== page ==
Here's the funny thing, though.  Unlike Woody's Mickey, I didn't start freaking out.  I've been weirdly calm, other than wondering who I might talk to about it.  (So far it's only you guys.)  I'll probably talk about it at my recovery meeting this week, but you never know.  Couldn't help but notice that I didn't have an impulse to contact my therapist, in contrast to just a coupla weeks ago, when I felt like I was imploding in the aftermath of an interpersonal communication of a tricky sort, and had to fight through that, and stave off the desire to reach out for professional help.  Does this mean that codependency is harder for me that the prospect of mortality?  I doubt it.  Or maybe.  But seems likely the well-under-50% estimation of whether this means I have a brain tumor, and the possibility that even if I do it might be okay, more or less, and the fact that Woody's Mickey didn't end up having one, after all--- these may have combined to help tamp down any anxiety I myself might have.  Plus I'd decided there was time to come back to work, and my knees have been hurting a lot today, maybe partly from the rainy spell we're in.  When I got back to my desk I took a painkiller, not a Xanax.  And then after I nuked and ate some late lunch, I put ice packs on my knees, and that felt SO good.  There's been plenty to be distracted by, of a more immediate nature.

There was a moment in the gift shop of the hospital building, which I wandered through on my way back to my Jeep, when I saw a candy bar I remember liking, a Whatchamacallit, which candy bar I suspect I was initially drawn to try as a young person (around when it was introduced) because of the funny name, but then I liked it a lot, and probably had nearly a dozen of them in those years.  But I've not eaten one in decades and didn't realize they still exist and had forgotten about them, and I thought there in the gift shop that if it turns out I am growing a brain tumor, I'd damn well oughta have at least one more Whatchamacallit, just to experience that again.  I think it was the texture I liked.  And the flavor(s), of course.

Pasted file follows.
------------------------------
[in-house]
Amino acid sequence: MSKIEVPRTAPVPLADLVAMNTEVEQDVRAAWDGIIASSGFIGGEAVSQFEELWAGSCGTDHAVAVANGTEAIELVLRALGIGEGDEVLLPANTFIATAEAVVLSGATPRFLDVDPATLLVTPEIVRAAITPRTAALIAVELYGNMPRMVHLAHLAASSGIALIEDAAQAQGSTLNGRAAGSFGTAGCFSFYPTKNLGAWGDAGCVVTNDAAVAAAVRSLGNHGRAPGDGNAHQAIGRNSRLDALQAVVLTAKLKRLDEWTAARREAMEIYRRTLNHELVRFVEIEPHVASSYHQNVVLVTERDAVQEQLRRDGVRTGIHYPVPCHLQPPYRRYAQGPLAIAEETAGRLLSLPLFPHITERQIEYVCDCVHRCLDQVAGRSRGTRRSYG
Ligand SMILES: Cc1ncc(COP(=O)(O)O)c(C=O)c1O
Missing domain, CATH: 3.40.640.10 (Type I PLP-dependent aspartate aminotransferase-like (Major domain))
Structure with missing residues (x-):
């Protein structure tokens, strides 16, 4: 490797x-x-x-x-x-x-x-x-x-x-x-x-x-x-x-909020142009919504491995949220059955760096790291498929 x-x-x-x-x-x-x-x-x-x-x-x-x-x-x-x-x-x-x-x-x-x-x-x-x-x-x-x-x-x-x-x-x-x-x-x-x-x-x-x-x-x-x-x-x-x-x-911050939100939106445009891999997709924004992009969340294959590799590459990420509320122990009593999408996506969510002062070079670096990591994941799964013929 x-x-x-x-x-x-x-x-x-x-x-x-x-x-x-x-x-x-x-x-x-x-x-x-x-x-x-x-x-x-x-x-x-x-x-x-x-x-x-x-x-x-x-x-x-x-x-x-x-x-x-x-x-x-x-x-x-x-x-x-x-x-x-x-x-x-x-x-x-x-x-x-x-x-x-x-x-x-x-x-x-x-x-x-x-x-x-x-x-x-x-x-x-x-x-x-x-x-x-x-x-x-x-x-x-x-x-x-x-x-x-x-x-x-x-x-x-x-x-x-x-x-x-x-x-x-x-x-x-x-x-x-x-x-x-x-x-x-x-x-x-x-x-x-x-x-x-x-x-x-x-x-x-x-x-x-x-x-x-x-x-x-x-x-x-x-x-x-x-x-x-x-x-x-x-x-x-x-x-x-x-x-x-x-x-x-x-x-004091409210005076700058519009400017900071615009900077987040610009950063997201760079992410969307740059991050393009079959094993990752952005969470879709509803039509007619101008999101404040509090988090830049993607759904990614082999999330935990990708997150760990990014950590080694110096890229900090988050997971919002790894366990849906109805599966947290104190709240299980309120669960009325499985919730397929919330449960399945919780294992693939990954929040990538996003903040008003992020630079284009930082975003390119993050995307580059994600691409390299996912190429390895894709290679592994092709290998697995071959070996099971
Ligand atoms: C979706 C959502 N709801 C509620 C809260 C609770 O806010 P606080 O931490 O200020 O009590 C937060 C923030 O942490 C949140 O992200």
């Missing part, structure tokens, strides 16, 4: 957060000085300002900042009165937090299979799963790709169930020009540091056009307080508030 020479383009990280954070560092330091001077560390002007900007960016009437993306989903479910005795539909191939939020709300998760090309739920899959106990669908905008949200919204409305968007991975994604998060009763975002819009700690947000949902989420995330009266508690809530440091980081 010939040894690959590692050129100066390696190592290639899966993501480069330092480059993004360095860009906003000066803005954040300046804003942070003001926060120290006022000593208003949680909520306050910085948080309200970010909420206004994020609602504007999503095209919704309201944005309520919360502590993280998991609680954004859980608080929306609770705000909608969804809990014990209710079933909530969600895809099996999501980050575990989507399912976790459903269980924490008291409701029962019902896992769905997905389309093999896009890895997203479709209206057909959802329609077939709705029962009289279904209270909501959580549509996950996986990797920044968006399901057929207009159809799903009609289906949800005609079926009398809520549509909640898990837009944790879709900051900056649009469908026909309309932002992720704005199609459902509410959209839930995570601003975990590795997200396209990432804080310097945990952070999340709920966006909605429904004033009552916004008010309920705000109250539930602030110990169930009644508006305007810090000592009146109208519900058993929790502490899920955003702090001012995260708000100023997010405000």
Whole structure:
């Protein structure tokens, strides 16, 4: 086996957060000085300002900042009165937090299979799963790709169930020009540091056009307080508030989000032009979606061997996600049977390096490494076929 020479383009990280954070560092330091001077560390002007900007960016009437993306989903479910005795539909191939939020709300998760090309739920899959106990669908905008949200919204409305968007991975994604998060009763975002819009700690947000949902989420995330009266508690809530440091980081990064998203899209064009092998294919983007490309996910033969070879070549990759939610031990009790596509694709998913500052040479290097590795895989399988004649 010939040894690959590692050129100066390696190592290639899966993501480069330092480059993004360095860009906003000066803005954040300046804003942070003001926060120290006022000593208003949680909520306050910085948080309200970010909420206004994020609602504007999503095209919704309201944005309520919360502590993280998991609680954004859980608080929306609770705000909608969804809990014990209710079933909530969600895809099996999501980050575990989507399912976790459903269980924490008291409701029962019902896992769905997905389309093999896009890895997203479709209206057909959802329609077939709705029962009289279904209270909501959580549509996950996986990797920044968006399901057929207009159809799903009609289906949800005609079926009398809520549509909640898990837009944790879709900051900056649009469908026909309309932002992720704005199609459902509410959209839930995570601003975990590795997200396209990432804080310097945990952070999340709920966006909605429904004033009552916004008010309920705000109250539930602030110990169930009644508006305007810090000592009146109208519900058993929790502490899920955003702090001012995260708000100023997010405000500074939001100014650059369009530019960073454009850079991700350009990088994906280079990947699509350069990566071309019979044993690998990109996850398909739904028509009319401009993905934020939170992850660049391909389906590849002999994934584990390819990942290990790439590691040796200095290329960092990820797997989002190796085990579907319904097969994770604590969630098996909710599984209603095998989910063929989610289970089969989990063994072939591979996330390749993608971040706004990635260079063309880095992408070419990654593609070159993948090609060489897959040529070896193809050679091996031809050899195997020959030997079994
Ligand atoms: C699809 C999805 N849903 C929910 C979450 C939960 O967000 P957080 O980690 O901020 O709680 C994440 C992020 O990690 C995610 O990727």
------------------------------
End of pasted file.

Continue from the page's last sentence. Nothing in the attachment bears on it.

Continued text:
Given my family's medical history, I ought to anticipate liver cancer or a heart attack as my beckoner out of this life.  Or maybe a stroke, if I live considerably longer, like the one grandparent I knew, though that didn't kill her.  Or who knows.  I take care of myself better than most of the close relatives I've known, despite how much I could do better that way.  But a brain tumor has always been the thing that sounded like just about the horriblest of eventualities I might have to face.  Kinda like how I haven't feared "ending up" as a "bag lady," as many of my contemporaries did, when we were 20-ish, and we talked about that, cuz, I dunno, there was so much time to talk, and such broad curiosity; for me, it was always in the back of my mind that I might be committed against my will to a "mental institution."  I could envision that happening, somehow, way too easily.  Hadn't articulated to myself specifically how my weirdness might result in it, but I had the gut hunch that it might, and that that would be an outcome I would particularly--- like having a brian tumor--- hate.  Not want, very muchly.  The helplessness and the loss of control, yeah, but maybe even more the injustice.  The wrongness.  It seemed really wrong, and reasonably to-be-dreaded.  Like death does, except in those moments when it doesn't.

All that said, I've changed my attitude mightily about the being-on-my-own thing.  Actual abandonment, in a way, does wonders for fear of abandonment.  It may take a few goes, but eventually you figure out it isn't anywhere near as bad as it seems like it would be--- which is (how much it seems like it would be) a whole enchilada buttload overwhelming "NO!" much.

Perhaps not coincidentally, that was the one-syllable utterance flooding my brain in a scream when I was in a car wreck as a teenager.  The car started to roll over in the ditch, and I thought, slowly, and I quote, "This is how people die, isn't it?", followed by "Nooooooooo!"  As if I could will the not dying by hoping hard enough NO.

And that's the thing about mortality.  You can't change it, no matter what.  Even if it's the thing you want most of all not to have to do, you could put all your capital and energy and hopes and basket-eggs into it, and it still ain't changing.  Period.  For you or for anybody else.

So.  We shall see about this brain tumor thing.  I shall see.  Probably it's not that.  But it could be.  It could be enough that we shall have to see about that.

Meanwhile: Timonium.  It didn't start with "E" at all.  :)  And no, I didn't look it up!  But Cockeysville might be where Orioles were living.

 
Janus